I remember the winter of 1985–too well. My crew and I were working on a frigid remodeling job, five layers deep in turtleneck, flannel, vest, sweatshirt, and parka, every breath freezing in my beard. And the only song on the boombox seemed to be Dire Strait's "Money For Nothing." You know, the one that goes, "That ain't workin', that's the way you do it, money for nothin' and your chicks for free." That song was as far from our reality as you could get, but we made it our anthem that winter and challenged ourselves to tough it out. To quote another song, "we worked hard for our money," and took great pride in what we did, even if we froze our backsides doing it.

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Rick Schwolsky, Editor in Chief

I guess there's nothing new about looking for a shortcut, the path to easy money. But I wouldn't know, and I suspect neither would a lot of you, mostly because it never occurs to us to look. We've been too busy working to spend precious time searching for Easy Street. Not that anybody would turn down some easy money, but how many of you would stake your family's life on it? To me, easy money is having a job go smoothly from start to finish, and ending up with a happy customer and the final payment.

When I see some ad on TV or promo on the Internet promising people that they can get rich and retire practically without getting out of bed, I feel bad for anyone desperate or gullible enough to try. You've probably seen these ads. They usually disguise themselves with some official-looking logo or emblem that includes the word "Institute" or "University." Get real. And they glamorize the dream they promise to help you attain. For example, one of these "institutes" dangles the wish list that everyone pictures when dreaming of operating their own business: "Be your own boss. Work your own hours. Spend more time with your family." OK, I ran my own construction company for more than 20 years–how'd I miss out on these things?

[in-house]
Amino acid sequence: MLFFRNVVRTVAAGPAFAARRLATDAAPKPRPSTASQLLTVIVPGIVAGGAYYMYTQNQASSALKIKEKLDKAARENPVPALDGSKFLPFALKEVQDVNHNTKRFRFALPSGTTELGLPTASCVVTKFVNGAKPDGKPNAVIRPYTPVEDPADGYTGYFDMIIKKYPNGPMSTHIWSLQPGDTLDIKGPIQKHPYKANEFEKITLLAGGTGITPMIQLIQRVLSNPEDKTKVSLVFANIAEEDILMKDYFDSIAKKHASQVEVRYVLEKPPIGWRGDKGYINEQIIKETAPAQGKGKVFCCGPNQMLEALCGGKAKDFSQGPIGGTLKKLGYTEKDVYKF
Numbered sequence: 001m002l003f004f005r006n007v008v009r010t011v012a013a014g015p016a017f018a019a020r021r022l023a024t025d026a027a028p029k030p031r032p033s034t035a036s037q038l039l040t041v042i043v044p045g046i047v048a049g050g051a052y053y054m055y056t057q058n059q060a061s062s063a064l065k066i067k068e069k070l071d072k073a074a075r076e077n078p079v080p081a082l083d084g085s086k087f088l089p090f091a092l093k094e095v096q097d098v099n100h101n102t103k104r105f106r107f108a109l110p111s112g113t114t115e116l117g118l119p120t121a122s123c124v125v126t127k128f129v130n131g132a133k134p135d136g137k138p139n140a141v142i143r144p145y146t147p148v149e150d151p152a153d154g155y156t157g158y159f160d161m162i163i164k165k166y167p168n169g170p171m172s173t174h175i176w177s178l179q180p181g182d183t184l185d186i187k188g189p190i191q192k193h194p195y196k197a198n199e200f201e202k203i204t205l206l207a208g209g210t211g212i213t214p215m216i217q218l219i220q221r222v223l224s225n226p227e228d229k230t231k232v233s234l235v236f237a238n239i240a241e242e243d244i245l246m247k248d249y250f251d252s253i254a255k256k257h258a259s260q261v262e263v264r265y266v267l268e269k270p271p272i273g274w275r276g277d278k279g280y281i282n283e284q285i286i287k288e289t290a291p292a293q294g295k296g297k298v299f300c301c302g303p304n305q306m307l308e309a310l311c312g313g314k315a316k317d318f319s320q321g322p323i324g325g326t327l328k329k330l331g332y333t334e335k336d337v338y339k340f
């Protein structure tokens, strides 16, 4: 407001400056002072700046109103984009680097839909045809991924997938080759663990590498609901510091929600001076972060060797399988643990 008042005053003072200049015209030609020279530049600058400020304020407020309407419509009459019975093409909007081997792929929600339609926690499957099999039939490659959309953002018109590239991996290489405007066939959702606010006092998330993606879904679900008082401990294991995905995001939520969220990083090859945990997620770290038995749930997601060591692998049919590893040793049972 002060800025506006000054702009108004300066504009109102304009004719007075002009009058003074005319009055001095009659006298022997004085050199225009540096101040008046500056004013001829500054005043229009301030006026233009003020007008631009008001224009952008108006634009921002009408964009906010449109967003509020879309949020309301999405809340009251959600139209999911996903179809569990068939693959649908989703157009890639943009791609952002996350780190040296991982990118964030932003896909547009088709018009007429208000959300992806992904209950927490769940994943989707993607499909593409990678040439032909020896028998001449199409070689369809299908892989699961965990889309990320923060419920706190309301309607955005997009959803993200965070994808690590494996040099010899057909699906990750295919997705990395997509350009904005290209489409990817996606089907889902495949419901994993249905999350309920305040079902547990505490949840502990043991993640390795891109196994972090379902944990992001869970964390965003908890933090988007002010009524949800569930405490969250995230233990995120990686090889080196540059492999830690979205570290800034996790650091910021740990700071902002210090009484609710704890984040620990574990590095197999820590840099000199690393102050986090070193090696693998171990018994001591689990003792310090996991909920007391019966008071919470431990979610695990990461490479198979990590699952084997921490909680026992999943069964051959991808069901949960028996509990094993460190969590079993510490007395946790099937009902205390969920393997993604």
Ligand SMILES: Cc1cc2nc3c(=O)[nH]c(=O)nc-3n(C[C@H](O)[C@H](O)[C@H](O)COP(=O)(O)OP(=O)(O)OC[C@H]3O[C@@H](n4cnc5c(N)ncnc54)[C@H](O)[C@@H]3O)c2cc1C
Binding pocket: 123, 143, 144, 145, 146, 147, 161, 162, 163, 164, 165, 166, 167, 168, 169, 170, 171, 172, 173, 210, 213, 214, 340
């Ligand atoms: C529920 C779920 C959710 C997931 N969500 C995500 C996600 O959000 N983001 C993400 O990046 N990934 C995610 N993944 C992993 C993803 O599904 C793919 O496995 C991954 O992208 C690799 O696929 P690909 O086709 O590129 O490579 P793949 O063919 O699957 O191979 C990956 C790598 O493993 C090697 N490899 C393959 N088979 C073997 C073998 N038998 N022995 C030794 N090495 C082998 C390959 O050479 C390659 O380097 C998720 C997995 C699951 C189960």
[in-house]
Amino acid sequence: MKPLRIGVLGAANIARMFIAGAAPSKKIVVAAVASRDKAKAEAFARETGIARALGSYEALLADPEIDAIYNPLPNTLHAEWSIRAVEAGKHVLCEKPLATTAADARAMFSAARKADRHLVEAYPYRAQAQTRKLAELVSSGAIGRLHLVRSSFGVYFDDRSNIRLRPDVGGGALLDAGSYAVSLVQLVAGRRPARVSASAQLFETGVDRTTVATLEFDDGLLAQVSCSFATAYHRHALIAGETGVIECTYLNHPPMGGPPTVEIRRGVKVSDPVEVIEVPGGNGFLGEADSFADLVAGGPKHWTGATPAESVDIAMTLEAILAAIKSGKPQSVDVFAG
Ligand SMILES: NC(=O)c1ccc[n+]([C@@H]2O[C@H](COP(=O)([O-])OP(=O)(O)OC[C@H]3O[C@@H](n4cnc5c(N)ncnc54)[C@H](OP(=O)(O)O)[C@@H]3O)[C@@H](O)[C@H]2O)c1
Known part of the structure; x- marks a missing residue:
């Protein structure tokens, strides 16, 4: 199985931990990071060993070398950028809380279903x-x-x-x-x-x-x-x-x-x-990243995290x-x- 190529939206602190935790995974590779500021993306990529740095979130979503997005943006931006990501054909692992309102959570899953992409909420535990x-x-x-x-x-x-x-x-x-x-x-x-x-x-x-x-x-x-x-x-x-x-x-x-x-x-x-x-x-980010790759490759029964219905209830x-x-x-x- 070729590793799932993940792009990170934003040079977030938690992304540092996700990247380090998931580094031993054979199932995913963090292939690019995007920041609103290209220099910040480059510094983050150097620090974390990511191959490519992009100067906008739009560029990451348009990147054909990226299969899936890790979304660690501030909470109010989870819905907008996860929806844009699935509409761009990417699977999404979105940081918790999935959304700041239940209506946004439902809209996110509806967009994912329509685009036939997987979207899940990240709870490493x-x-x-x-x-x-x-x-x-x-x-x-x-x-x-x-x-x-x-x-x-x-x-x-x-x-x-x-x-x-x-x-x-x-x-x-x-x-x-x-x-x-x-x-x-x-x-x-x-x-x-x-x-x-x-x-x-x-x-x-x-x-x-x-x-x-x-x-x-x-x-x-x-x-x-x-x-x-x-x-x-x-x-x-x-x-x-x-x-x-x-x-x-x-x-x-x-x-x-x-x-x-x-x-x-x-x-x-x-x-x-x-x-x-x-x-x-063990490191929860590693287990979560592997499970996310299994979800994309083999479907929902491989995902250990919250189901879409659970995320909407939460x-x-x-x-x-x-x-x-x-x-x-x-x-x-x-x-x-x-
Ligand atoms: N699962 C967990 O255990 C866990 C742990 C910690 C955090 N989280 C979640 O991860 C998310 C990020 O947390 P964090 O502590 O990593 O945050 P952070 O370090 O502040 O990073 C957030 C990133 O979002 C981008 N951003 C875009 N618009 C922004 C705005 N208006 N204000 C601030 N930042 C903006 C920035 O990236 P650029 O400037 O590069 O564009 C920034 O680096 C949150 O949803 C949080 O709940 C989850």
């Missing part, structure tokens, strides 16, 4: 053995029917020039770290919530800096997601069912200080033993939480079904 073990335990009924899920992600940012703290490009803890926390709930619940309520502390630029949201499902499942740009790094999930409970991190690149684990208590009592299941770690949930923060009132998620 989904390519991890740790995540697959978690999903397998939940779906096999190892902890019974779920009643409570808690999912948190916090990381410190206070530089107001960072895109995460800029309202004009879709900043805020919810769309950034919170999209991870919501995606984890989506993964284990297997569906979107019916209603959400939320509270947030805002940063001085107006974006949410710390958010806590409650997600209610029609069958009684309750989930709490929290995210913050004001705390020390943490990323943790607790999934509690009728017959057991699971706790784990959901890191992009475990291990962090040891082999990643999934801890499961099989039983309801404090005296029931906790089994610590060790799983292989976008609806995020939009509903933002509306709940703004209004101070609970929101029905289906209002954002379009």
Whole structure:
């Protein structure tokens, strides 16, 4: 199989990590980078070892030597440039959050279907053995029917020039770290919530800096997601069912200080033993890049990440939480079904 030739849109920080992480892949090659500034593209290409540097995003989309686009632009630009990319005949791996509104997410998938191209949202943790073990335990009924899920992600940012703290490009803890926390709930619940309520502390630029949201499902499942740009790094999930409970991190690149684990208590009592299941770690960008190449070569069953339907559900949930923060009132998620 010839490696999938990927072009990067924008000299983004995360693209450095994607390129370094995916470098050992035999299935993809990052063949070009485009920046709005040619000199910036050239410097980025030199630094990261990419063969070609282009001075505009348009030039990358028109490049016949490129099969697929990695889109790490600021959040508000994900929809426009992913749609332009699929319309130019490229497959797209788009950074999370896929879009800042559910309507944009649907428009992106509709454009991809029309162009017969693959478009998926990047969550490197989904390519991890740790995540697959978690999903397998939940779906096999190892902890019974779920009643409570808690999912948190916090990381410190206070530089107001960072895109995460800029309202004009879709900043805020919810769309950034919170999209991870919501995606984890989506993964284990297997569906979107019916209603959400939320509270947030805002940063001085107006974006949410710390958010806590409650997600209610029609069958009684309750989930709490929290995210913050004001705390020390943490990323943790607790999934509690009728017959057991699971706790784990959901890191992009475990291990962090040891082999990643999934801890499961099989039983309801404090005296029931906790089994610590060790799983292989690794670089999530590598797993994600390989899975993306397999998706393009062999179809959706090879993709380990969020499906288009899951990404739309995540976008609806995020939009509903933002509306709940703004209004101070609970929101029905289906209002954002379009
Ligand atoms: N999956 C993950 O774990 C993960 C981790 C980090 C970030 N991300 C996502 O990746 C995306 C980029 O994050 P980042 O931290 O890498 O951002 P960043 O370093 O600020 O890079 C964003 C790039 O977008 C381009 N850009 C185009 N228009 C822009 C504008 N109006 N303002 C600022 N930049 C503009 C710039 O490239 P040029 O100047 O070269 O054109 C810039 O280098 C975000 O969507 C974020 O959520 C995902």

Be your own boss? How about be at the beck and call of your customers, and work your tail off to make sure your employees have jobs? Work your own hours? How about be on call 24-7, pull all-nighters to meet bidding deadlines, and solve personal problems for your crew at 11 p.m.?

Spend more time with your family? This doesn't come automatically. In fact, everything about "being your own boss" is in direct conflict with spending more time with your family. You've got to want to spend more time with your family to make that happen, no matter who you are or where you are on your wish list.

So call me old fashioned, but I don't believe in shortcuts. I believe the true path to success is paved with a hunger for knowledge and a commitment to grow, the energy to work hard, the character to be honest, the wisdom that combines good judgement and intuition, and–yes–a fair share of luck. What I don't believe is that somebody is ever going to come along and give you money for nothin'.